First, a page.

Showing posts with label Sean Delonas. Show all posts
Showing posts with label Sean Delonas. Show all posts

Tuesday, February 24, 2009

ComicsDC makes Olbermann's Countdown

Well, they used one of my pictures of Sean Delonas at least in their February 23rd "New York Post outrage goes national." Uncredited, I assume, but Our Man Thompson spotted it and let me know.

Saturday, February 21, 2009

Kal on Delonas chimp cartoon

Kal sent a note saying that he's got a blogpost on the Delonas cartoon.

He's also traveling a bit:

In June I will be the featured international artist at the annual Knokke-Heist cartoon festival in Belgium. The festival, one of the largest of its kind , will feature an exhibition of 50 originals and a lecture/symposium in the summer. The exhibition will be on display at the Belgium seaside resort through September.

I am delighted and honored to announce that I will be at the University of Portland on Thursday, March 5 to deliver the introductory William James Mazzacco Memorial Lecture in Distributive Justice.The lecture takes place at the Buckley Center Auditorium (5000 N Willamette Blvd.) at the University of Portland at 7:30 p.m. The lecture is open to the public.

Friday, February 20, 2009

Weingarten on Prickly City, Doonesbury, Delonas' chimp

From the 2/10 Chatalogical Humor:

Washington, D.C.: Gene - what did you think of last Friday's Prickly City where they call Rush Limbaugh a jerk? It actually made me laugh.

Gene Weingarten: I would like this better if it were funny. I applaud the stance, but I think political cartoonists -- and political standup comics -- have an obligation to be funny.


"...I think political cartoonists -- and political standup comics -- have an obligation to be funny." : Unless their name is Trudeau, the Garfield of political "humor."

Gene Weingarten: I was thinking specifically of Garry Trudeau and Doonesbury. He is the perfect example of the political satirist who sees his mission as humor first.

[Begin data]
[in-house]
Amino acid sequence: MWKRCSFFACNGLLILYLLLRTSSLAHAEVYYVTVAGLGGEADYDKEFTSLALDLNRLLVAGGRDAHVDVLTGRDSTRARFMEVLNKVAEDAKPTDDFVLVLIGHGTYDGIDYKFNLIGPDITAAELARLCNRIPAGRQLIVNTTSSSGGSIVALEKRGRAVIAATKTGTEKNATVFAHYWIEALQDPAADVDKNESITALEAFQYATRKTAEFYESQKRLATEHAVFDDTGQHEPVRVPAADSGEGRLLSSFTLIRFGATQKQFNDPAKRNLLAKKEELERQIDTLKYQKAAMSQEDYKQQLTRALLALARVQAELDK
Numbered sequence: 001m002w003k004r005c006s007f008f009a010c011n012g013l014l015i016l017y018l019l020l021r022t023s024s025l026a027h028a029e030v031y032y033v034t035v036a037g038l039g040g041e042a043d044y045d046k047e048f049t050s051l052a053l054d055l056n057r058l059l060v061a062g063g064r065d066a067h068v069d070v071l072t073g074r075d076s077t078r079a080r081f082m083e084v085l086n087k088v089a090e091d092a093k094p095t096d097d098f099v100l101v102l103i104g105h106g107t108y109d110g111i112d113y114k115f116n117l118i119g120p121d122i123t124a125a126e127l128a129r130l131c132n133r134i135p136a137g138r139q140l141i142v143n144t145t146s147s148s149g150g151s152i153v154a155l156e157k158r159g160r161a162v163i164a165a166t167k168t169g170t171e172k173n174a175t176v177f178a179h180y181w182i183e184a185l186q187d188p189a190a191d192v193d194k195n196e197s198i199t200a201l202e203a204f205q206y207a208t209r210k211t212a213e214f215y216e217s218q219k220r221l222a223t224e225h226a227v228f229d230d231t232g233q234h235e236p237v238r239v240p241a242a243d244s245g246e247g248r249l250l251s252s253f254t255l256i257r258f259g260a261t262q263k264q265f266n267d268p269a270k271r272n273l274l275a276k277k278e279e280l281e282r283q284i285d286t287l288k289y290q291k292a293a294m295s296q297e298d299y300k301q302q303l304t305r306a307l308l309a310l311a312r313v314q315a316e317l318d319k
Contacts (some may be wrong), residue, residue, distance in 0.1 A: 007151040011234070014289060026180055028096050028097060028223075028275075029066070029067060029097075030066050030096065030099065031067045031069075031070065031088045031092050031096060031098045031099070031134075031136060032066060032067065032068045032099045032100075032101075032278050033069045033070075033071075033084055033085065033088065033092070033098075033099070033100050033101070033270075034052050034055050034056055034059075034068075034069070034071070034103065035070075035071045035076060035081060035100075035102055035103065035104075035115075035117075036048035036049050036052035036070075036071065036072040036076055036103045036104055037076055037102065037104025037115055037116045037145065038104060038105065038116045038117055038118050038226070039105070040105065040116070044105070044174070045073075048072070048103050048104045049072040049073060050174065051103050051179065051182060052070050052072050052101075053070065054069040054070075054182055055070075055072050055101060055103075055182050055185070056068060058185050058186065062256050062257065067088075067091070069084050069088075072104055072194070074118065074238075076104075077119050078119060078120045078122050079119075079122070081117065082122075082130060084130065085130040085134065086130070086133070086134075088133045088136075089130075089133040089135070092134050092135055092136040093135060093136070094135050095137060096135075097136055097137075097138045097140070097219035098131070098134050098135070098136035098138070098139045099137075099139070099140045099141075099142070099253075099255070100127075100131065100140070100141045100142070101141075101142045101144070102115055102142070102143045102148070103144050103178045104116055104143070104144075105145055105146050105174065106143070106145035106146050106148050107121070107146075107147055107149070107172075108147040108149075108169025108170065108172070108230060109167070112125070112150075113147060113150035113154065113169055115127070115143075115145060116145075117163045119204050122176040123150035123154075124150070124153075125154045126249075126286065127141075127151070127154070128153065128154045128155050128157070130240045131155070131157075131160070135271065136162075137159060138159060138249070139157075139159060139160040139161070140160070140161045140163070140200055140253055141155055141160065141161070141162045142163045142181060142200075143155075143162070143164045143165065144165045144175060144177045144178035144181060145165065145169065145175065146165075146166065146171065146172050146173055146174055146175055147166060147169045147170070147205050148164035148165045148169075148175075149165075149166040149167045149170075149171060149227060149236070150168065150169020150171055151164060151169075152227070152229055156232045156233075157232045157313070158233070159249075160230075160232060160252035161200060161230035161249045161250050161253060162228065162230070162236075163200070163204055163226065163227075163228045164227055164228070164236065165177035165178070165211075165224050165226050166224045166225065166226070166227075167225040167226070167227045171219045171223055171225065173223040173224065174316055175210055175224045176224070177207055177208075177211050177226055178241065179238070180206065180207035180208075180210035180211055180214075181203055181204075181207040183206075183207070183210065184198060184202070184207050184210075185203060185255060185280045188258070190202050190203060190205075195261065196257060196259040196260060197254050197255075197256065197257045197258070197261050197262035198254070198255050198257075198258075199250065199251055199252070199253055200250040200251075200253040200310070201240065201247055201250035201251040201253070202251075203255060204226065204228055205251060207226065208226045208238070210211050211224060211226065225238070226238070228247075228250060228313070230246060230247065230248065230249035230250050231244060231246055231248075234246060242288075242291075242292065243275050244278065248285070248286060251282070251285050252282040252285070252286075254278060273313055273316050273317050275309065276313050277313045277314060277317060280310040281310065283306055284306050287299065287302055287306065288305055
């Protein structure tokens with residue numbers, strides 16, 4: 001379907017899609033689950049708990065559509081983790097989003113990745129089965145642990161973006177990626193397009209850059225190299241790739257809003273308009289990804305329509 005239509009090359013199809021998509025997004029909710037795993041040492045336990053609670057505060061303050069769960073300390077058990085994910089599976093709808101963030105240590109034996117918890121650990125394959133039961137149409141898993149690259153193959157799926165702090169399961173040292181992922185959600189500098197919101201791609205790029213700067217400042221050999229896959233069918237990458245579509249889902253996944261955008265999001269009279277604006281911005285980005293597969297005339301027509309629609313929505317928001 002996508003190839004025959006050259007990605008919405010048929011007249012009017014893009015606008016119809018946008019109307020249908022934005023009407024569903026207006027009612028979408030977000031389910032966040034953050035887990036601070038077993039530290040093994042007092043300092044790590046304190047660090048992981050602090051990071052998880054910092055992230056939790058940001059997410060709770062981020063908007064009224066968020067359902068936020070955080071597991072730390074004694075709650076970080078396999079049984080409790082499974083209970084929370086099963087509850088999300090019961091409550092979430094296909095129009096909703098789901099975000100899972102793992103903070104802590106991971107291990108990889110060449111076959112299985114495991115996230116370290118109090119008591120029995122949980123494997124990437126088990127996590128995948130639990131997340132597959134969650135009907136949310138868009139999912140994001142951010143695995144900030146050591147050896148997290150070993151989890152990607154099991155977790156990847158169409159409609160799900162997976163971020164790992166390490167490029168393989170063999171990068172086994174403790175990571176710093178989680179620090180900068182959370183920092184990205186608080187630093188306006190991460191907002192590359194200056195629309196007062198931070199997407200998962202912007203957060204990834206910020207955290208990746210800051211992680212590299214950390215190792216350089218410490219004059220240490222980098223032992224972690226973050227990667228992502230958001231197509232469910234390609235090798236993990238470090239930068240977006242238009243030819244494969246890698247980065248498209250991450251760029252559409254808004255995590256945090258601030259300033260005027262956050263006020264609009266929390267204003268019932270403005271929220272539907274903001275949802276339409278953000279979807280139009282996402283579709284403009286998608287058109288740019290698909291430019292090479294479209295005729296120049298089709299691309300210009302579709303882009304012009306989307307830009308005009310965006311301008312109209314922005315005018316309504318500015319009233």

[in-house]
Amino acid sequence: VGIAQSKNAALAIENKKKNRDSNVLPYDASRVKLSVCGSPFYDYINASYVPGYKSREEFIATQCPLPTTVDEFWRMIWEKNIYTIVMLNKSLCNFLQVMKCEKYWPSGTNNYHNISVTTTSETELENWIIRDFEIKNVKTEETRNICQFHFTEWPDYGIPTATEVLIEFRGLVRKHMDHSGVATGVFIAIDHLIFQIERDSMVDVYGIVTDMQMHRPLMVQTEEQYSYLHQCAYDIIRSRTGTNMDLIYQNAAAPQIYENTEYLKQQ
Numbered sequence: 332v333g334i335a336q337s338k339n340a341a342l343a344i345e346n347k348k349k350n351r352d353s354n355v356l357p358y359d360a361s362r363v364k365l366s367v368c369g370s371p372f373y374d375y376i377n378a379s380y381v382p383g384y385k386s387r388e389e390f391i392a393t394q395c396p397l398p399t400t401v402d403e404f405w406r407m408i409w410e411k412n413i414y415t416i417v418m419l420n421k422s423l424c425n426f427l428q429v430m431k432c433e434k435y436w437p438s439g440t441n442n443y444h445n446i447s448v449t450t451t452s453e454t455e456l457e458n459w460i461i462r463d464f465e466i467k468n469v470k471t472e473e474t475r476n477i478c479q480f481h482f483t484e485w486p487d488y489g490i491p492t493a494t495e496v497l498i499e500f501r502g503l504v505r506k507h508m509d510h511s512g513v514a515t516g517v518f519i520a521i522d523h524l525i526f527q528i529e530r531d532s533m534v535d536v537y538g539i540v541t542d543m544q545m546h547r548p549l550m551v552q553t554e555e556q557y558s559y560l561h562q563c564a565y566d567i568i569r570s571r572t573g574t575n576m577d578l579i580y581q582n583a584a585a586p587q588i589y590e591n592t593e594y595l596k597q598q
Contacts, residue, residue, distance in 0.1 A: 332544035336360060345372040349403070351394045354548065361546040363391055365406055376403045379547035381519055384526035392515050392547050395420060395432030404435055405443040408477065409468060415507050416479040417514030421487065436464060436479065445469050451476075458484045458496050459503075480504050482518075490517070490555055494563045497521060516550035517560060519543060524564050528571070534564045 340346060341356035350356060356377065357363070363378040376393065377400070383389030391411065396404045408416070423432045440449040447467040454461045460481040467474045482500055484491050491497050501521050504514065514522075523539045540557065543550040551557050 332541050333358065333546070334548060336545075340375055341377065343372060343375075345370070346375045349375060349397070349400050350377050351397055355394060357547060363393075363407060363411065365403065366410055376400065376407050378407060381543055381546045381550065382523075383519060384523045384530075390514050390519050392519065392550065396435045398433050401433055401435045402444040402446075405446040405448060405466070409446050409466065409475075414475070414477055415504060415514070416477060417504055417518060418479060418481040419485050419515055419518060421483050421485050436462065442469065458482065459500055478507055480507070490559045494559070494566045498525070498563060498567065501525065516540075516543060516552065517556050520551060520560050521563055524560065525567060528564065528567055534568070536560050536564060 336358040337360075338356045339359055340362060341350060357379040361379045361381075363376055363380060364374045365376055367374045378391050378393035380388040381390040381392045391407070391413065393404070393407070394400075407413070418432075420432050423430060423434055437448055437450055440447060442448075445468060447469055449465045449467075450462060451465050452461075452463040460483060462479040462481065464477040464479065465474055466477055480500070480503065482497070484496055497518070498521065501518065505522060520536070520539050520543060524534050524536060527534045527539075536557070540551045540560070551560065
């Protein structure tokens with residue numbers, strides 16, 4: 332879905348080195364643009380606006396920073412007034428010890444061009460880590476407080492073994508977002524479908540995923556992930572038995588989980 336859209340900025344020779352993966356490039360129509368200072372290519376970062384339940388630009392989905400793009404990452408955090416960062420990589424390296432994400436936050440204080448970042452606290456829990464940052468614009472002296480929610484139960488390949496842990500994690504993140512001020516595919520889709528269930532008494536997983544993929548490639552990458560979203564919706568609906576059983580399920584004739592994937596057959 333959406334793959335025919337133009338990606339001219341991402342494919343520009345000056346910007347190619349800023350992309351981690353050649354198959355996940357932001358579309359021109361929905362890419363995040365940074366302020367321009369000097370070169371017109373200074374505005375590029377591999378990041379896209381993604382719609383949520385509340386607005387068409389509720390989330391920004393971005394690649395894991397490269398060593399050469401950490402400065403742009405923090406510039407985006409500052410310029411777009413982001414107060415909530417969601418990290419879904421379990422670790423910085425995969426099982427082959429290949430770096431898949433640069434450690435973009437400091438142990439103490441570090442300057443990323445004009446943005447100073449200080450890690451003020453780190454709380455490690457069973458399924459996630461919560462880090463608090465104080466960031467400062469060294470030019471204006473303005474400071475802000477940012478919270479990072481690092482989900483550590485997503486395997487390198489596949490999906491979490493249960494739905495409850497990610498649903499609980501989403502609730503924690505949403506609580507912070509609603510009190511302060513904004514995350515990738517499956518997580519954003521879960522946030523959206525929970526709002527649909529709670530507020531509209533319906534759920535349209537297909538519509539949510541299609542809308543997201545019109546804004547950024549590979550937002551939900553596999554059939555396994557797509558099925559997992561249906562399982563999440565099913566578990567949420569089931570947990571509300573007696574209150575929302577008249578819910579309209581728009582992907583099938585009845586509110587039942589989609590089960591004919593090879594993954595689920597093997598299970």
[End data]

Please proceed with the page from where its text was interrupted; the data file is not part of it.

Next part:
and 2/17's Chatalogical Humor:

Alexandria, VA: Hi,

No, Prickly City wasn't funny, and did you leave the "ly" off your link intentionally, or Freudian slip of a sort?

Gene Weingarten: I always call it Prick City, because of its politics. Been doing that for years.

Richmond, Va.: I have a great Ralph Steadman story for you. At some point he was in town doing a book signing for his illustrated version of "Animal Farm" (it's so amazing). He was giving each signature a unique ink-blot and a fan came up and said "do something really crazy to mine!" So Steadman took out his lighter and set it on fire.

Gene Weingarten: Excellent. I have that Animal Farm book. It is brilliant.


UPDATED 2.20.09

Gene Weingarten: I want to begin with an important clarification. In yesterday's update I was asked if I found THIS photograph interesting in light of the sharply debated prior discussion involving posteriors. I responded with laughter. At some point during the day yesterday, the link mysteriously shifted to a different picture, namely THIS one, which was a highly controversial political cartoon from the New York Post. This cartoon was seen by many people as a racist commentary directed at President Obama. This one I would not have laughed at.

But let's talk about it!